US20070274213A1 - Method and System For the Transfer of Communication Network Administration Information - Google Patents

Method and System For the Transfer of Communication Network Administration Information Download PDF

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US20070274213A1
US20070274213A1 US10/573,103 US57310304A US2007274213A1 US 20070274213 A1 US20070274213 A1 US 20070274213A1 US 57310304 A US57310304 A US 57310304A US 2007274213 A1 US2007274213 A1 US 2007274213A1
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template
object
value
step
pertaining
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Emile Stephan
Jessie Le Moullac-Jewitt
Eric Moreau
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Monarch Networking Solutions LLC
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France Telecom SA
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    • HELECTRICITY
    • H04ELECTRIC COMMUNICATION TECHNIQUE
    • H04LTRANSMISSION OF DIGITAL INFORMATION, e.g. TELEGRAPHIC COMMUNICATION
    • H04L41/00Arrangements for maintenance or administration or management of packet switching networks
    • H04L41/04Architectural aspects of network management arrangements
    • H04L41/046Aspects of network management agents
    • HELECTRICITY
    • H04ELECTRIC COMMUNICATION TECHNIQUE
    • H04LTRANSMISSION OF DIGITAL INFORMATION, e.g. TELEGRAPHIC COMMUNICATION
    • H04L41/00Arrangements for maintenance or administration or management of packet switching networks
    • HELECTRICITY
    • H04ELECTRIC COMMUNICATION TECHNIQUE
    • H04LTRANSMISSION OF DIGITAL INFORMATION, e.g. TELEGRAPHIC COMMUNICATION
    • H04L41/00Arrangements for maintenance or administration or management of packet switching networks
    • H04L41/02Arrangements for maintenance or administration or management of packet switching networks involving integration or standardization
    • H04L41/0213Arrangements for maintenance or administration or management of packet switching networks involving integration or standardization using standardized network management protocols, e.g. simple network management protocol [SNMP] or common management interface protocol [CMIP]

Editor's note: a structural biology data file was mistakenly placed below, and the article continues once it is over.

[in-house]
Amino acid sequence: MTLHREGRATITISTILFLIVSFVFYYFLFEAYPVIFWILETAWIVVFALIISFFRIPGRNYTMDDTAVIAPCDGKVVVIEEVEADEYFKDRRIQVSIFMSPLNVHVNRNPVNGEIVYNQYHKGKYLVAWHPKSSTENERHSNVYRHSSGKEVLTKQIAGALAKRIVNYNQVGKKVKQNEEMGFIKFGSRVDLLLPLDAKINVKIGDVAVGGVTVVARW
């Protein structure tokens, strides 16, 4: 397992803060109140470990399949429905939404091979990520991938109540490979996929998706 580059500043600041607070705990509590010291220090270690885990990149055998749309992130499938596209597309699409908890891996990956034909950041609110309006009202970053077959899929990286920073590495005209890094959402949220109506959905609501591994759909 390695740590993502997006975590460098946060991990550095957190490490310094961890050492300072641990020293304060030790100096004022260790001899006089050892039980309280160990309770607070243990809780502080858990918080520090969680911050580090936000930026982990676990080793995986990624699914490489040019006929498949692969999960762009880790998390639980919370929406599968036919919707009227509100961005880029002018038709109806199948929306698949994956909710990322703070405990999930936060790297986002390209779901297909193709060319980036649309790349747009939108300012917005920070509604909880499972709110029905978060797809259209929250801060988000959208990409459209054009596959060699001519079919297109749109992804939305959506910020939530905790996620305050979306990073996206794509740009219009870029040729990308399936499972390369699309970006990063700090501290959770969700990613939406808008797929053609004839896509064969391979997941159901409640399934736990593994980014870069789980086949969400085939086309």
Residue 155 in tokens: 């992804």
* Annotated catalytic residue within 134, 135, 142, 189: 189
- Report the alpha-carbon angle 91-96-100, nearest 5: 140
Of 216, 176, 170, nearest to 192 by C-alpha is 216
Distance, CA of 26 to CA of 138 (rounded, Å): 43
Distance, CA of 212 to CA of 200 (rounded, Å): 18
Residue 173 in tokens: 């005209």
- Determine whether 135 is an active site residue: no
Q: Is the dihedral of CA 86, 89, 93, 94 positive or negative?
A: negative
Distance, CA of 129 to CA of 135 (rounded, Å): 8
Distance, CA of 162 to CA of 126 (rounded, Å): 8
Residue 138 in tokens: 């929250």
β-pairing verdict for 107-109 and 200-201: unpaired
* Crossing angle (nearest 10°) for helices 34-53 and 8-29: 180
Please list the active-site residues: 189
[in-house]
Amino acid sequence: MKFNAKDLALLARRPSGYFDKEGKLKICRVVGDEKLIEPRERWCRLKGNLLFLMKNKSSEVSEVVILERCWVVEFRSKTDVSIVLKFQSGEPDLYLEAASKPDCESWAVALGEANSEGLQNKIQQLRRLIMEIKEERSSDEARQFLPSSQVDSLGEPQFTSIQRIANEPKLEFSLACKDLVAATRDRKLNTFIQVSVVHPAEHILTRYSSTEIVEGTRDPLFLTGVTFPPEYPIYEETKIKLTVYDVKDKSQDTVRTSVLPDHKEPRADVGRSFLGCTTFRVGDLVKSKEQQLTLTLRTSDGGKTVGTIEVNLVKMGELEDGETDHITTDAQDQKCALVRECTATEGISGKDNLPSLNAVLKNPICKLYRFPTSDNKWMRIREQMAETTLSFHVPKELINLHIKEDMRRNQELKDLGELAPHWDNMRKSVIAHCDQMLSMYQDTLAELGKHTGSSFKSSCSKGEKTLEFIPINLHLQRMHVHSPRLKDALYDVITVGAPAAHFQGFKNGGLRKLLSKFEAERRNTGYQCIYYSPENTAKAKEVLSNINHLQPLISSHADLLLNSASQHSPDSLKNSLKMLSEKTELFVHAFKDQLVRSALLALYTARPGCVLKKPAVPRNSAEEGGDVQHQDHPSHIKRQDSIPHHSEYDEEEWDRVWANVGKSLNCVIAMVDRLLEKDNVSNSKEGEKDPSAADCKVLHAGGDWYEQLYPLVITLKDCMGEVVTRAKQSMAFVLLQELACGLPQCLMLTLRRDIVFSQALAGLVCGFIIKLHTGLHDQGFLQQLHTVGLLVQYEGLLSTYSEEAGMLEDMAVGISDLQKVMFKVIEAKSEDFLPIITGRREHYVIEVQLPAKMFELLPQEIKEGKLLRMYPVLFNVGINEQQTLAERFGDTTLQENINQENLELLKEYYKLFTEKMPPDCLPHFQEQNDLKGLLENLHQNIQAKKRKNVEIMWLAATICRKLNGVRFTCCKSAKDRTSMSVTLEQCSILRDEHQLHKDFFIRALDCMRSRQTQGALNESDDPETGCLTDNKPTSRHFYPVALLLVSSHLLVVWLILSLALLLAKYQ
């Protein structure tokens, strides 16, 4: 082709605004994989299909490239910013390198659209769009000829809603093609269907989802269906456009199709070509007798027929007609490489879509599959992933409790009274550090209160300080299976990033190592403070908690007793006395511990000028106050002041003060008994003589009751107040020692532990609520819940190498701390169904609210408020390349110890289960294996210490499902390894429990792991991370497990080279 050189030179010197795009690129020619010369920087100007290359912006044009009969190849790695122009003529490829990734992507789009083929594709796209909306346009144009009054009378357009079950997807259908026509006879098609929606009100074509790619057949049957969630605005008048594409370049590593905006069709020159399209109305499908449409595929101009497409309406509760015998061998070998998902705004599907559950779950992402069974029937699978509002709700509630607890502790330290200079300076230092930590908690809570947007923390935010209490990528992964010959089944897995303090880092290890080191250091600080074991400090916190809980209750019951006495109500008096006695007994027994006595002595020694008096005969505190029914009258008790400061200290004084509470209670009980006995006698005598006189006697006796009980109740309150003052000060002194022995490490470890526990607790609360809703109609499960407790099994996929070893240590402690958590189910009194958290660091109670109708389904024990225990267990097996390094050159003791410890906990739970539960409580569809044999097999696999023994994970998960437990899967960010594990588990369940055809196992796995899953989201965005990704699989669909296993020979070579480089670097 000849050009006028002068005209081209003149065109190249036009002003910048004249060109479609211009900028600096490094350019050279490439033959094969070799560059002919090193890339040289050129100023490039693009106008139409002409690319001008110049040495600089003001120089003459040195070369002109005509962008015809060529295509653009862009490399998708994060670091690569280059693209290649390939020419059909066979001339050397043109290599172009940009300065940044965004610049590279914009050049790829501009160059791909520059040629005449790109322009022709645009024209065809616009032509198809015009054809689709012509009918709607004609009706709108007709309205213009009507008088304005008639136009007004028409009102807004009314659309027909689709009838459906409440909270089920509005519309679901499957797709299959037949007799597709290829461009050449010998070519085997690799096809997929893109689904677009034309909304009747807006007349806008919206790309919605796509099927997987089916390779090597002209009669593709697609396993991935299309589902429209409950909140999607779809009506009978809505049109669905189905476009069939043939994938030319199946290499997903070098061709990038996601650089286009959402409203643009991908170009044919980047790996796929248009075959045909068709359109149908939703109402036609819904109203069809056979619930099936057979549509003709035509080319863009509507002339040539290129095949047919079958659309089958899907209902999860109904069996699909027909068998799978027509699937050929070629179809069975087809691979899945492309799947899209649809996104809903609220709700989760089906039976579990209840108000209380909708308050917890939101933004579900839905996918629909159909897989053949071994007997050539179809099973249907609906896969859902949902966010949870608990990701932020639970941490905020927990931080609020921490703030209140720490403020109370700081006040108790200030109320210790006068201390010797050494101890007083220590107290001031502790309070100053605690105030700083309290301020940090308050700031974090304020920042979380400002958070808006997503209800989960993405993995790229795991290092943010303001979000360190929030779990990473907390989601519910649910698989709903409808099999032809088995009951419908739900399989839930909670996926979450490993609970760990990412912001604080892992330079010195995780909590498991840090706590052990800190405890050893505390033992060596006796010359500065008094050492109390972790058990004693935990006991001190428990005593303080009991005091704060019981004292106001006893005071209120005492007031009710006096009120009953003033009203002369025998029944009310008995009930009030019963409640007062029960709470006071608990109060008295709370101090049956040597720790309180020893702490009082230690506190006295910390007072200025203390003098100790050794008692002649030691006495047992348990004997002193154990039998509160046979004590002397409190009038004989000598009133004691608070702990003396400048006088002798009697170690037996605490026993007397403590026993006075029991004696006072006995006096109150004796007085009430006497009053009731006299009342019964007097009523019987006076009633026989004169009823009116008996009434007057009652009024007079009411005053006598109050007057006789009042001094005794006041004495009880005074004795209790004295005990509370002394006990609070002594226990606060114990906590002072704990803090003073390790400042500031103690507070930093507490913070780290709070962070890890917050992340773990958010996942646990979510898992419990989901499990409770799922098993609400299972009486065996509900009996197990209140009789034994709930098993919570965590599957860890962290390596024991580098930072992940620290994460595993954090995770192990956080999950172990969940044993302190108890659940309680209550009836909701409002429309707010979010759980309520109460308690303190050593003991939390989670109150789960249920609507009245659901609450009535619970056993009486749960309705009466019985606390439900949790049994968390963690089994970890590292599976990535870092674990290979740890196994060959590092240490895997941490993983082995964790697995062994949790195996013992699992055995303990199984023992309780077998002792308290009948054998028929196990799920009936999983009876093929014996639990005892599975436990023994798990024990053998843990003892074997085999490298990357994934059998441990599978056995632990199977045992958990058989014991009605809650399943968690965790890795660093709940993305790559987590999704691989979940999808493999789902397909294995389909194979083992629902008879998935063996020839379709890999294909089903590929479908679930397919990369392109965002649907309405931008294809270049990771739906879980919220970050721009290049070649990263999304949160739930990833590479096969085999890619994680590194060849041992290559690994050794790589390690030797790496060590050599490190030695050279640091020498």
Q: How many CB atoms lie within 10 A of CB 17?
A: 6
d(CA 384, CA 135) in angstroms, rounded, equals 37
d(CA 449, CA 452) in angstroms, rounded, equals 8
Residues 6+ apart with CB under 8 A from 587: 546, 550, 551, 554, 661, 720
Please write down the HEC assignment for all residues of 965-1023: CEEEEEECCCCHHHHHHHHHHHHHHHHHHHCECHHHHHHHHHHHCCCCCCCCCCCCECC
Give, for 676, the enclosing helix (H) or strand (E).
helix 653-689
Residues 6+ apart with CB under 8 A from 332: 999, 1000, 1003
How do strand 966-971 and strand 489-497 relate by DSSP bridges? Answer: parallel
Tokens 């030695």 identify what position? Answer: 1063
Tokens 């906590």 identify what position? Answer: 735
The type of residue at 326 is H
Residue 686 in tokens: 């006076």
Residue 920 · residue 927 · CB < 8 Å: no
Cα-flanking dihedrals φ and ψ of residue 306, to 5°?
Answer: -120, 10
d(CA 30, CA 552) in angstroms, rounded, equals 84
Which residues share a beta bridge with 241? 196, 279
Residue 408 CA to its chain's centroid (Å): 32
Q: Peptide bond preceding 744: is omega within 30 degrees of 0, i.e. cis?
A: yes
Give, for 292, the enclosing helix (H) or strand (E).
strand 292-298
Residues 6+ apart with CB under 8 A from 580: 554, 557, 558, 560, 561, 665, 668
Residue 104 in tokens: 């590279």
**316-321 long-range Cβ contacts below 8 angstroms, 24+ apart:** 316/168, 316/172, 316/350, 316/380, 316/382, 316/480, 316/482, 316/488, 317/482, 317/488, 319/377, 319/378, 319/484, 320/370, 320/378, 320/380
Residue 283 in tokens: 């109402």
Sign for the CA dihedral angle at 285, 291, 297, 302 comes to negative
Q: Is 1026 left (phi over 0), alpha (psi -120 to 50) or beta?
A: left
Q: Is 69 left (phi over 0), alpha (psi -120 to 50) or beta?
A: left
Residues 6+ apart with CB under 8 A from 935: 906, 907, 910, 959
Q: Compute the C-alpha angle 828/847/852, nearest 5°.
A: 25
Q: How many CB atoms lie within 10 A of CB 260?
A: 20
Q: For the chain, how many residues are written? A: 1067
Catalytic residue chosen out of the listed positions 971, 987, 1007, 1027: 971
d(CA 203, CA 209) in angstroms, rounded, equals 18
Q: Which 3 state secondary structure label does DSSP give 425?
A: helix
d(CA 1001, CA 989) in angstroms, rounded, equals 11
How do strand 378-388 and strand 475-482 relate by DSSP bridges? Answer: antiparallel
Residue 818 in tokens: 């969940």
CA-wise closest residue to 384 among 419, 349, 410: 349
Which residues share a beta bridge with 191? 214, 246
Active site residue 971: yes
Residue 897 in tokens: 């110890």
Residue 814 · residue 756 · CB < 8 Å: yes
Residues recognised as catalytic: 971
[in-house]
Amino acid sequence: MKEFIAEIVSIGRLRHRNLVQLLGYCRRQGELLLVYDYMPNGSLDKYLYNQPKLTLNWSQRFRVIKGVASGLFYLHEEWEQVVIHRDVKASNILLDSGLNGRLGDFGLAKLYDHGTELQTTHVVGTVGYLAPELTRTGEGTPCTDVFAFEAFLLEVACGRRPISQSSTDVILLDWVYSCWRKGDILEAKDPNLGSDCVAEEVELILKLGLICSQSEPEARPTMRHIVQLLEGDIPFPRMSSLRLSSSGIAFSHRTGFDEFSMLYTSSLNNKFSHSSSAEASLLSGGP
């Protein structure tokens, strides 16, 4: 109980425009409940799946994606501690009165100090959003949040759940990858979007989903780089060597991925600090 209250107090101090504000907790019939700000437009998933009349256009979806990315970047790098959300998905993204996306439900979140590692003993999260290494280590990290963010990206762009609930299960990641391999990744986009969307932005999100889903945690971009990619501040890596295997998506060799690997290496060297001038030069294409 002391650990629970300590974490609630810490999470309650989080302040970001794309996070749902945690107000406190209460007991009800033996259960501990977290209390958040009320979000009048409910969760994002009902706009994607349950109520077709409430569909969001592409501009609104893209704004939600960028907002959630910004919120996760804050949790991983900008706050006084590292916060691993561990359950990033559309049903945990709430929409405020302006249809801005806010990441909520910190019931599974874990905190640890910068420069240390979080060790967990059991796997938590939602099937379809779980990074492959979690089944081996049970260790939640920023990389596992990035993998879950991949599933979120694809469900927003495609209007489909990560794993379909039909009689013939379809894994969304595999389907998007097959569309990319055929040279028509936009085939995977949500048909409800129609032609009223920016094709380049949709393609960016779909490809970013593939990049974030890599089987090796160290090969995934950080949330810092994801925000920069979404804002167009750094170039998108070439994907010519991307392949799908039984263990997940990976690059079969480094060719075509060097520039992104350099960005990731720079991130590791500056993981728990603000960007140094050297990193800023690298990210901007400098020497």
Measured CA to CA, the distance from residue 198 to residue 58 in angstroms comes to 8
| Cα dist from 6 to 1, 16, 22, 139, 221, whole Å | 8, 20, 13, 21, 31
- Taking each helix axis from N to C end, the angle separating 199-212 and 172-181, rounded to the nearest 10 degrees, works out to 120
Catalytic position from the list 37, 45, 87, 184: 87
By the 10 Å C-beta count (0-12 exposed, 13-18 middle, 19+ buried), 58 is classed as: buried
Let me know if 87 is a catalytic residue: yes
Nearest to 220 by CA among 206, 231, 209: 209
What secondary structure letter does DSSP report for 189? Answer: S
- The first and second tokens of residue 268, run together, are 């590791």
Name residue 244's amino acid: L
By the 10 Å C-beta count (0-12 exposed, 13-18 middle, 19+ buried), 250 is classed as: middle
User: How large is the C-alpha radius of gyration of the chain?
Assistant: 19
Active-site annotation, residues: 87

Abstract

In order to minimize a bandwidth required for the transfers of communication network administration information, said information relating to objects pertaining to hardware, software or network operation elements, catalogued in an administration information base (11) and with each of which is associated a formal language specification, the system comprises a translator module (10). The module (10) is designed to generate on the basis of the specification for each object, a pair of words the value of whose first word pertains to an indication of the object and the value of whose second word pertains to an information length of the object. The module (10) is also designed to generate one or more templates comprising an ordered set of pairs of words and an identifier, making it possible to subsequently send an ordered string of information corresponding to each template.

Description

  • The field of the invention is that of the administration of communication networks. The term administration is to be taken here in its widest sense, that is to say it relates both to configuration and management, or even to the control of the equipment of communication networks.
  • To configure an item of equipment, it is for example possible to use an interactive interface protocol such as the known TELNET protocol. This protocol is standardized but the data accessible are not. This poses a problem, in particular in respect of a considerable amount of network equipment as is often the case.
  • Among other things, management comprises the prediction and detection of faults. In the known state of the art, mention may be made by way of example of document WO 02/46928 which discloses a system which processes information obtained from sensors associated with variables catalogued in an administration information base named MIB (Management Information Base). To allow its interpretation and large-scale processing in relation to numerous items of equipment, the definitions of the variables are specified by means of a standardized language named SMI (Structure of Management Information). A protocol named SNMP (Simple Network Management Protocol), likewise standardized, makes it possible to access the variables by exchanging queries/responses between equipment of the network.
  • As is the case for example in document WO 02/17094, the variables may relate to devices which are rather sensors of temperature, alarm states or IP type network addresses than more complex equipment. For such devices, one then speaks of objects catalogued in one or more various MIBs. This document discloses means for interfacing the devices under SNMP.
  • The technique based on the SNMP/SMI/MIB trio has reached a certain degree of maturity. The specifications of the MIBs themselves and also those of the objects catalogued therein, are specified both in terms of semantics and size. The formulation of the MIBs is fine-tuned, possibly by means of automated handlers such as those proposed for example in document U.S. Pat. No. 6,009,431. The absolute identification of the objects by the standards (X208 and X209), the absolute identification of the instances of objects by the instance index, imply that the MIBs provide a normative benchmark prized by operators. The SNMP protocol is widely used for numerous types of equipment and services such as attested to by documents WO 01/44924, EP 115 8720 or else WO 02/47322.